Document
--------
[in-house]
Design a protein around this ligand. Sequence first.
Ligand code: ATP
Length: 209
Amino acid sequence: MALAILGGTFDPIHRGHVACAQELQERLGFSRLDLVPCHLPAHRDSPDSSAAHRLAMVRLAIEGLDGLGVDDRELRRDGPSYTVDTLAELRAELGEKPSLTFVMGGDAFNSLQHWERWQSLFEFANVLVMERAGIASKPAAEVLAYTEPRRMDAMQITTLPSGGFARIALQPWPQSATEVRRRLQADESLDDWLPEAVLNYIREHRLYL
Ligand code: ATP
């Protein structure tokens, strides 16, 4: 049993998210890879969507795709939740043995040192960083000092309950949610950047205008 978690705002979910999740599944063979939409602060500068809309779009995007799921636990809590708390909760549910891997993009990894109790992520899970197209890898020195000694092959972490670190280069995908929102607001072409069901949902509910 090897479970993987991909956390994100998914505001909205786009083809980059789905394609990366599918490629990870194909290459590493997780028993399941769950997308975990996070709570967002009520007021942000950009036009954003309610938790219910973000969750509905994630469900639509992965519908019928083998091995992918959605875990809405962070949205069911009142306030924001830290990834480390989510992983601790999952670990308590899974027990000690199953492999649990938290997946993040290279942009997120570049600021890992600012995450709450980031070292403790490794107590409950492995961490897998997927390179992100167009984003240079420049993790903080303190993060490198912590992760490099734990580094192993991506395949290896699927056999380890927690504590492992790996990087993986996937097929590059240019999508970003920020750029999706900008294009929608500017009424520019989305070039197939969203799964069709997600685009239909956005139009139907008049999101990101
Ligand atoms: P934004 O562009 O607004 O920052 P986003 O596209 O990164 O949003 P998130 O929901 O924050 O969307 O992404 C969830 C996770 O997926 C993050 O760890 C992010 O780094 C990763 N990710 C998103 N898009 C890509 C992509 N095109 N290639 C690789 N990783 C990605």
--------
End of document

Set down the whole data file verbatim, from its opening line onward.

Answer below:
[in-house]
Design a protein around this ligand. Sequence first.
Ligand code: ATP
Length: 209
Amino acid sequence: MALAILGGTFDPIHRGHVACAQELQERLGFSRLDLVPCHLPAHRDSPDSSAAHRLAMVRLAIEGLDGLGVDDRELRRDGPSYTVDTLAELRAELGEKPSLTFVMGGDAFNSLQHWERWQSLFEFANVLVMERAGIASKPAAEVLAYTEPRRMDAMQITTLPSGGFARIALQPWPQSATEVRRRLQADESLDDWLPEAVLNYIREHRLYL
Ligand code: ATP
């Protein structure tokens, strides 16, 4: 049993998210890879969507795709939740043995040192960083000092309950949610950047205008 978690705002979910999740599944063979939409602060500068809309779009995007799921636990809590708390909760549910891997993009990894109790992520899970197209890898020195000694092959972490670190280069995908929102607001072409069901949902509910 090897479970993987991909956390994100998914505001909205786009083809980059789905394609990366599918490629990870194909290459590493997780028993399941769950997308975990996070709570967002009520007021942000950009036009954003309610938790219910973000969750509905994630469900639509992965519908019928083998091995992918959605875990809405962070949205069911009142306030924001830290990834480390989510992983601790999952670990308590899974027990000690199953492999649990938290997946993040290279942009997120570049600021890992600012995450709450980031070292403790490794107590409950492995961490897998997927390179992100167009984003240079420049993790903080303190993060490198912590992760490099734990580094192993991506395949290896699927056999380890927690504590492992790996990087993986996937097929590059240019999508970003920020750029999706900008294009929608500017009424520019989305070039197939969203799964069709997600685009239909956005139009139907008049999101990101
Ligand atoms: P934004 O562009 O607004 O920052 P986003 O596209 O990164 O949003 P998130 O929901 O924050 O969307 O992404 C969830 C996770 O997926 C993050 O760890 C992010 O780094 C990763 N990710 C998103 N898009 C890509 C992509 N095109 N290639 C690789 N990783 C990605």